During Vesak, activities include meditation, chanting sutras and mantras, observing precepts, listening to teachings given by Buddhist teachers, eating vegetarian food, animal release, giving to charity, and bathing the Buddha to symbolically cleanse oneself of negative karma.

Buddhist followers in China engage in Bathing the Buddha rites during the Vesak Festival

Vesak is the formal term used most often today in the English speaking world and comes from Singhalese, the language of the largest ethnic group in Sri Lanka. It is also usually the accepted term used in Singapore and Malaysia. But the festival is known by many other names in different countries including Wesak (variant of the Singhalese Vesak), Vesakha (Indian Pali), Vaisakha (Indian Sanskrit), Buddha Jayanti or Buddha Purnima (modern name used in India and Nepal), Buddho Joyonti or Buddho Purnyima (Bangladesh), Visakha Puja or Visakha Bucha (Thailand), Visak Bochea (Cambodia), Vixakha Bouxa (Laos), Kasone la-pyae Boda nei (literally Full Moon Day of Kason) (Burma), Waisak (Indonesia), Saga Dawa or Saka Dawa (literally Month of Merits) (Tibet), and Buddha’s Birthday (China, Taiwan, Korea, Japan, Vietnam).

Homage to the Root Teacher, Shakyamuni Buddha (南無本師釋迦牟尼佛 Namo Benshi Shijia Mouni Fo).

Text © 2011 Harry Leong

Friday, May 6, 2011

Bodhisattva Manjushri (Wenshu)

Manjushri, Bodhisattva of Transcendent Wisdom,
holding a ruyi scepter and riding on a green lion
(Image: Painting by Dharma Master Yilin 依林法師繪)

According to the Chinese Buddhist tradition, the Birthday of Bodhisattva Manjushri (文殊菩薩聖誕 Wenshu Pusa Shengdan) is observed on the 4th day of the 4th Chinese lunar month.  

Manjushri (文殊師利 Wenshu Shili, also abbreviated as 文殊 Wenshu) is the Bodhisattva of Transcendent Wisdom in Mahayana Buddhism. In Chinese Buddhist iconography, Manjushri is usually depicted as a male bodhisattva carrying either a ruyi scepter (most often seen) or vertical sword in one hand, and sometimes a scroll or text in the other hand. He is usually shown riding on a lion. The ruyi scepter is a symbol of auspiciousness and the obtaining of all of one's wishes, and the sword represents the power of transcendent wisdom to cut through ignorance and wrong views. The scroll or text represents the Prajna-paramita Sutra (般若波羅蜜多經 Bore Boluomiduo Jing) which is the Buddha’s exposition on transcendent wisdom gained through the realization of emptiness (shunyata). The lion that Manjushri sits on, if it is golden color, represents the noble majesty of transcendent wisdom. And if it is a green or blue lion, it is a symbol of the wild mind that is tamed by wisdom.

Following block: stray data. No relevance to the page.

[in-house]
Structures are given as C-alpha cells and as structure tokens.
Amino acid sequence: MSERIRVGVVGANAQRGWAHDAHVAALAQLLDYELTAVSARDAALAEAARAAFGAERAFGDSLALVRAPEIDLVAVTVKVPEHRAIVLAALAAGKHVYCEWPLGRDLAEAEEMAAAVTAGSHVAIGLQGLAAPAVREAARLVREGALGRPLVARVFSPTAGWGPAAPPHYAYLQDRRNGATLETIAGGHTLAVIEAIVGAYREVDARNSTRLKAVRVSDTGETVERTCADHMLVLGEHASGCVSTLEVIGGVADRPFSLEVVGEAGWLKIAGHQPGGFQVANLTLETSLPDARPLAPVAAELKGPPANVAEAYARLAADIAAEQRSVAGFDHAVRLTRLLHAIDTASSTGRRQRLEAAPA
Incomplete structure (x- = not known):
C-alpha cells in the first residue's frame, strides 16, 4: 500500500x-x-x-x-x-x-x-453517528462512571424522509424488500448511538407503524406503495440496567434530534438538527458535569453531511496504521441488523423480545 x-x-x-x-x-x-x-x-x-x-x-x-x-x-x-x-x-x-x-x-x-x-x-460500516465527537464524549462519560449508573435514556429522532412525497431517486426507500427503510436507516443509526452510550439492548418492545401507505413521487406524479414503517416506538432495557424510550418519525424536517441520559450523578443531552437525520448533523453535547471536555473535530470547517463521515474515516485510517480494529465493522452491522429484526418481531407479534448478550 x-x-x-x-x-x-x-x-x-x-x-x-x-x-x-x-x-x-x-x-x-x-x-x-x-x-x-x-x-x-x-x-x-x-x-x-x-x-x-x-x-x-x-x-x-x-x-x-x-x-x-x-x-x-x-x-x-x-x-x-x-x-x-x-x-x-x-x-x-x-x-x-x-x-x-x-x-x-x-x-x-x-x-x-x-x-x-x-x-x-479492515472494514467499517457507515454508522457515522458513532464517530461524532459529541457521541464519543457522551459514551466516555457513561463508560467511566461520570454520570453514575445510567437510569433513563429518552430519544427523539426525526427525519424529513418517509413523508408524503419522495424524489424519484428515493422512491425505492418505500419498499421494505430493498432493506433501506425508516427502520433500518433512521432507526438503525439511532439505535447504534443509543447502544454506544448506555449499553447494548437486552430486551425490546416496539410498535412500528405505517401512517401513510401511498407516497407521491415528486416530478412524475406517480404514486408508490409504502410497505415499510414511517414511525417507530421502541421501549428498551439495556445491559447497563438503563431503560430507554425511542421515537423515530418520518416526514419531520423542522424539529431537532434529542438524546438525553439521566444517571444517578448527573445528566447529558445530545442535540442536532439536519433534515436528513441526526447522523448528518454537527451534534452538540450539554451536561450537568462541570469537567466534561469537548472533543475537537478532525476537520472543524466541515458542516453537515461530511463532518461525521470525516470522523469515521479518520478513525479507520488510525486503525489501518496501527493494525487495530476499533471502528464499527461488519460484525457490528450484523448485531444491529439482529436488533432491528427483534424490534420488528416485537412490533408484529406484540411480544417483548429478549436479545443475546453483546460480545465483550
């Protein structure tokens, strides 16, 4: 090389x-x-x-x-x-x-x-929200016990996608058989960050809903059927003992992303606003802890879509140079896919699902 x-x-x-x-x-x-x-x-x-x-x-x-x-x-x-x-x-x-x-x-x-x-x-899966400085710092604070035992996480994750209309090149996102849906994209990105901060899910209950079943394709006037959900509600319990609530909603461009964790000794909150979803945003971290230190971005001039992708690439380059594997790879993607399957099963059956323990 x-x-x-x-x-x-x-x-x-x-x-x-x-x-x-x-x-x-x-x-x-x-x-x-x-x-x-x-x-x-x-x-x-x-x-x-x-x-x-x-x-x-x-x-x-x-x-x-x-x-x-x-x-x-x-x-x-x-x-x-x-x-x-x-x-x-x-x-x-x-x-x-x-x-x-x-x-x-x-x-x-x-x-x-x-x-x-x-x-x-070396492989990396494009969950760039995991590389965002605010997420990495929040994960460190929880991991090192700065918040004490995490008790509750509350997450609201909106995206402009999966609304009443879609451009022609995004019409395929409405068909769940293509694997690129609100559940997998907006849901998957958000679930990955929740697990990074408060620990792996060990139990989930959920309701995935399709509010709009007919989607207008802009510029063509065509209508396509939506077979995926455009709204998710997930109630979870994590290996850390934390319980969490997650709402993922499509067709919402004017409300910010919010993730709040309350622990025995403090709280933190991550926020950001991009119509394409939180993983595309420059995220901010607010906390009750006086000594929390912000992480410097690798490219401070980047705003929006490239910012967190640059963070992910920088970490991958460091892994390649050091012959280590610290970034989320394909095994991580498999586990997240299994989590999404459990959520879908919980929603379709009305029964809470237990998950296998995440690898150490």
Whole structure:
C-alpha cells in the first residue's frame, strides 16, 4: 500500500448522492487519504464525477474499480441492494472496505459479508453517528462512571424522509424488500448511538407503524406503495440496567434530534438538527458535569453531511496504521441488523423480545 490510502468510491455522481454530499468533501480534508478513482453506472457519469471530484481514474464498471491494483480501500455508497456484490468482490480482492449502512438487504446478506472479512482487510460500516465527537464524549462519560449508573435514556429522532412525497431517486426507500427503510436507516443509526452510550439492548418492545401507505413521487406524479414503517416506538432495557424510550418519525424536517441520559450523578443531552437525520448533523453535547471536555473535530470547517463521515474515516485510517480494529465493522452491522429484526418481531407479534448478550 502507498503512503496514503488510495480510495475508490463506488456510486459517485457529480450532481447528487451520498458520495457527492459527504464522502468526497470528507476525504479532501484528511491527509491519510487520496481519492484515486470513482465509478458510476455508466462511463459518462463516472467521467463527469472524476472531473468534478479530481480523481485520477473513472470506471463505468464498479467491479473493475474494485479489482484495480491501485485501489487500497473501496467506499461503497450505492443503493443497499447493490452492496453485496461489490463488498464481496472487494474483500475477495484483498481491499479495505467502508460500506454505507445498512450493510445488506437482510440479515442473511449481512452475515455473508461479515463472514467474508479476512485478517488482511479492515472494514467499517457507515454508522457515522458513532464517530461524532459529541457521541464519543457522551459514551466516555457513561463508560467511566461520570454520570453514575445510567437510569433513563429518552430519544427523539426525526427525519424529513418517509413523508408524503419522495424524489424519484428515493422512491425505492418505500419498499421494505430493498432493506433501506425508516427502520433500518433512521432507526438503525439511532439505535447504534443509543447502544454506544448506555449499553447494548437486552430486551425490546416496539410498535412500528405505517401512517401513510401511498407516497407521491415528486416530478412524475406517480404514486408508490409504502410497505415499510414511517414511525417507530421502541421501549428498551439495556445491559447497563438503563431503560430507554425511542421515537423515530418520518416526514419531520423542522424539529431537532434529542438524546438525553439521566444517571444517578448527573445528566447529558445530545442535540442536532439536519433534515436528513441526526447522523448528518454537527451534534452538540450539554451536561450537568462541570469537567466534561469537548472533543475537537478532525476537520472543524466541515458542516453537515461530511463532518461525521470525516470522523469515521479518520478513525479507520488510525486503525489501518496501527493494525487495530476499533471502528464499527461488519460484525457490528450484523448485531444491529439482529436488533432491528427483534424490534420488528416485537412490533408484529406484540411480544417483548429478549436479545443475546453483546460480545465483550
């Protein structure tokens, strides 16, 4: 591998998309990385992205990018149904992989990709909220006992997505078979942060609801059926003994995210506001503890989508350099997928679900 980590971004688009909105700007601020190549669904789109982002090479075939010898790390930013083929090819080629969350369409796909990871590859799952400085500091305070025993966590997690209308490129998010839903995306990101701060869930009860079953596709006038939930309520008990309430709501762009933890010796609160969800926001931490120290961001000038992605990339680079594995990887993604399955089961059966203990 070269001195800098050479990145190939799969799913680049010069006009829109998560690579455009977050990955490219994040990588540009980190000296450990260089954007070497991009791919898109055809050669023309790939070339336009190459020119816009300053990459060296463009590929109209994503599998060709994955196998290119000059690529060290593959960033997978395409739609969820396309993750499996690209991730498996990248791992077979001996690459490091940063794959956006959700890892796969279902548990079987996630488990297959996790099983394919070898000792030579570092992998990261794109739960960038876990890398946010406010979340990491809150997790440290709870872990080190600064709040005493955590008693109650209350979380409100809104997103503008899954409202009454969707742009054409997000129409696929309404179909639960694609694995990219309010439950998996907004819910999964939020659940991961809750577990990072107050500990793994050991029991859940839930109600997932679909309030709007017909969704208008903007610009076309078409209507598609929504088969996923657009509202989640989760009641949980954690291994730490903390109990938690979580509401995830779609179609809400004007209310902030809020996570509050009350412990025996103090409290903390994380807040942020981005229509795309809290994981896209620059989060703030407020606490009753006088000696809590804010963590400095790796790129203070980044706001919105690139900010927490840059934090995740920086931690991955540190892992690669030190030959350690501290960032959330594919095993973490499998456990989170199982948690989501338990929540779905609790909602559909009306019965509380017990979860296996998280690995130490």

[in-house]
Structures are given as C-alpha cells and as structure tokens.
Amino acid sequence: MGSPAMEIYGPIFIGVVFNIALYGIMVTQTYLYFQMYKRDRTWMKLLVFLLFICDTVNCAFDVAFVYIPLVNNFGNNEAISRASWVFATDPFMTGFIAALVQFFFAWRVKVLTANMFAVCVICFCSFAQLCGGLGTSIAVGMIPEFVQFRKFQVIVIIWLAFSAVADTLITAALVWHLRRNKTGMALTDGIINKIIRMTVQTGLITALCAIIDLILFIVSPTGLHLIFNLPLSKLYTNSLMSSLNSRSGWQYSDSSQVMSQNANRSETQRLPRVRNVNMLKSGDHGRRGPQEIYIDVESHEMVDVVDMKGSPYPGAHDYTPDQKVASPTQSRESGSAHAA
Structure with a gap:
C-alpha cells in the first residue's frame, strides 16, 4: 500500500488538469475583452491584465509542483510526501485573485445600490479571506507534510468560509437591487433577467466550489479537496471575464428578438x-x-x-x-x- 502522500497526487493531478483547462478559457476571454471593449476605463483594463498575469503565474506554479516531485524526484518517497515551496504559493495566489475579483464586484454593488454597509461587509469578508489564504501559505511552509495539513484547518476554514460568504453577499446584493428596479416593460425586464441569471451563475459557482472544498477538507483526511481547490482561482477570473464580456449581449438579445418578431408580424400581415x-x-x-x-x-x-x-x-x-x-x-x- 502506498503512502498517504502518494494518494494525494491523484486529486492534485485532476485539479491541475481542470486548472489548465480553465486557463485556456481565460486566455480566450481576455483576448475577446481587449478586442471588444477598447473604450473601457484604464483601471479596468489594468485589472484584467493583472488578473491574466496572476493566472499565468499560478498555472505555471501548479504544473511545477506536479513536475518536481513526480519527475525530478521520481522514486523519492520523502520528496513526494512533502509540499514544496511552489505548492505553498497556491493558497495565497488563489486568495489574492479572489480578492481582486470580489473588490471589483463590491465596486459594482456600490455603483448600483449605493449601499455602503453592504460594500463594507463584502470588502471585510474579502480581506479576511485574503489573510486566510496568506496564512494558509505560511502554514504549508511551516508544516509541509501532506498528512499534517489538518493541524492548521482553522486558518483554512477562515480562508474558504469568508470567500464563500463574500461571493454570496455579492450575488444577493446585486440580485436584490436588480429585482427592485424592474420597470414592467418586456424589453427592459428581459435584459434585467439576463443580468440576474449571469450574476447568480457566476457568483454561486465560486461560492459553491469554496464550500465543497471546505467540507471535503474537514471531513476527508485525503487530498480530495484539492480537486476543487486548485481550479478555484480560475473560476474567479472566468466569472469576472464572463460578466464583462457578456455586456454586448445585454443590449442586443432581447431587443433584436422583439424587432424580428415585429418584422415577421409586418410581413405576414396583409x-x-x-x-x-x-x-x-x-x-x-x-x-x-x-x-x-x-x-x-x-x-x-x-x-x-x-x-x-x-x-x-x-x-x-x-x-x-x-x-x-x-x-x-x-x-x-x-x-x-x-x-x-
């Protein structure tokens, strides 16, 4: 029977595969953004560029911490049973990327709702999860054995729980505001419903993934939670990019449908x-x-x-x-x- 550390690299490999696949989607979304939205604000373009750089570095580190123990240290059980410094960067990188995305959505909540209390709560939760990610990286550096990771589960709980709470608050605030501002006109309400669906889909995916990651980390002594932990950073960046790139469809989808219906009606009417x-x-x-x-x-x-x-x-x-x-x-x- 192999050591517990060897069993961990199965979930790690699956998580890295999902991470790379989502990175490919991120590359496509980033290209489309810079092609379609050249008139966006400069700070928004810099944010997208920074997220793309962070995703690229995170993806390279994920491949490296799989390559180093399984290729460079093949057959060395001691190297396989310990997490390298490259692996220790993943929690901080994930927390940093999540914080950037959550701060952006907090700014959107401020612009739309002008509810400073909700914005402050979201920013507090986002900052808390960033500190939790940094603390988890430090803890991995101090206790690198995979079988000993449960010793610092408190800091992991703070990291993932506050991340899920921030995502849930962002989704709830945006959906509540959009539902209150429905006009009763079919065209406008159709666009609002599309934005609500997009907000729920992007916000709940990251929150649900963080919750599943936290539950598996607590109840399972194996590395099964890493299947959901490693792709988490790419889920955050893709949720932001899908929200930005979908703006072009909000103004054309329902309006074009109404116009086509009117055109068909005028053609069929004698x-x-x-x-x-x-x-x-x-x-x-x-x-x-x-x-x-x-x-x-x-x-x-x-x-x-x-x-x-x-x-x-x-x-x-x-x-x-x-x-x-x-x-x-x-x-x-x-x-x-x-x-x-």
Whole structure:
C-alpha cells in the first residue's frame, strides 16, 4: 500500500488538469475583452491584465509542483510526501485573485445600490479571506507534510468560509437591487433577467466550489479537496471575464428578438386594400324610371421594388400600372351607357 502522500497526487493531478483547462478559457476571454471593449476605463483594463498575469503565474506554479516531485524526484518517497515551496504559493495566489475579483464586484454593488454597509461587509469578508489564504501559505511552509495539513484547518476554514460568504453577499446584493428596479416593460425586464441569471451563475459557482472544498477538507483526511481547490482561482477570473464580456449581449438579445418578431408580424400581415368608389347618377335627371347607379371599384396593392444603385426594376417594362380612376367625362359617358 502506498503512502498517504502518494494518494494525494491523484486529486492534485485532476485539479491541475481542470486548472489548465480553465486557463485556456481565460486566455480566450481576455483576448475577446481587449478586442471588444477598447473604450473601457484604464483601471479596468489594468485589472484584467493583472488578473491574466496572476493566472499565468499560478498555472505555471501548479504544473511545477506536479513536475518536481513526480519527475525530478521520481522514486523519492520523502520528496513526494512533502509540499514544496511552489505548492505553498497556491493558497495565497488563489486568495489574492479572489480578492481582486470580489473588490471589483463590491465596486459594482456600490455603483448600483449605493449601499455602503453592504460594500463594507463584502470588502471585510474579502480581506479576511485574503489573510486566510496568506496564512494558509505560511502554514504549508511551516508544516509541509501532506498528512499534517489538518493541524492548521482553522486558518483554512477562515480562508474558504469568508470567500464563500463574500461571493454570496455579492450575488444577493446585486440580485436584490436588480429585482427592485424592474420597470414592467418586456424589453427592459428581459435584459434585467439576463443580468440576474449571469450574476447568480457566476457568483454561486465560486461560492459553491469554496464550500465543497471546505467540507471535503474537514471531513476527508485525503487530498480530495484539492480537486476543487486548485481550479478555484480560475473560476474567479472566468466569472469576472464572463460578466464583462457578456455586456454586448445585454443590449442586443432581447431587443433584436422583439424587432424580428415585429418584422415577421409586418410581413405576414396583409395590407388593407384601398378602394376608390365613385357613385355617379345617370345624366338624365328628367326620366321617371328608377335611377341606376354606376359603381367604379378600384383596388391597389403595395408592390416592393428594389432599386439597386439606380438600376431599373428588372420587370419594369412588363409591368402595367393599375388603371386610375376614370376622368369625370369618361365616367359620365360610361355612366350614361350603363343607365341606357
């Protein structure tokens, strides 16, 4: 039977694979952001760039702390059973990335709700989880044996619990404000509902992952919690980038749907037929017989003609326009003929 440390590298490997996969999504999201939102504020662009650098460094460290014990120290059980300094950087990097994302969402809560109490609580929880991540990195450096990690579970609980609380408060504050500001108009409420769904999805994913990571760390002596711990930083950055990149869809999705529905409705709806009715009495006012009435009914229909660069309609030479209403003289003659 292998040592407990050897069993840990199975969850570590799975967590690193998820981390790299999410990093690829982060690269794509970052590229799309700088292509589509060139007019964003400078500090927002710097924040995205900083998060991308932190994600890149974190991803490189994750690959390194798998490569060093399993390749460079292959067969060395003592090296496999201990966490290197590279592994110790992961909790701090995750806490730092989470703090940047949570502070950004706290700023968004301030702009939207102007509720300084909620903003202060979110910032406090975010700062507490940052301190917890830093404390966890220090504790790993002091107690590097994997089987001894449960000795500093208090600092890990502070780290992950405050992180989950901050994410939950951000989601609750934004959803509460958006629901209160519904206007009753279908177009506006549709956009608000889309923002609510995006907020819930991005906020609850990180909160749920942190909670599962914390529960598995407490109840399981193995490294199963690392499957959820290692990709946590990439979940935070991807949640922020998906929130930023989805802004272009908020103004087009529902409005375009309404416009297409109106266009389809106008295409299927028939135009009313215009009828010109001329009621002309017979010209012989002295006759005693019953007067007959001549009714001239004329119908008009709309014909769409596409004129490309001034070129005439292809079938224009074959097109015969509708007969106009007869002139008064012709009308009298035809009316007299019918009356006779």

Manjushri sitting on a blue lion and holding a scroll representing the Prajna-paramita Sutra
(Image: Source unknown)

In Tibetan Buddhism, Manjushri is always depicted holding a flaming sword in his right hand and a lotus flower in his left hand that supports the Prajna-paramita text. The flaming sword is likewise symbolic of wisdom cutting through ignorance, while its flames represent the radiance of wisdom that lights up the darkness of ignorance.

Tibetan style Manjushri holding the flaming wisdom sword and Prajna-paramita text
(Image: Painting by Dharma Master Yilin 依林法師繪)

Bodhisattva Manjushri is mentioned in several Mahayana sutras including the Prajna-paramita Sutras, Lotus Sutra, Avatamsaka (Flower Adornment) Sutra, and the Vimalakirti Sutra. 

Manjushri is sometimes seen in a trinity with Vairochana Buddha (毘盧遮那佛 Piluzhena Fo) and Bodhisattva Samantabhadra (普賢菩薩 Puxian Pusa). The three together are known as the Avatamsaka Trinity or Three Holy Ones of the Avatamsaka World (華巖三聖 Huayan Sansheng).

Homage to Manjushri, the Bodhisattva of Great Wisdom (南無大智文殊師利菩薩 Namo Dazhi Wenshu Shili Pusa).

Text © 2011 Harry Leong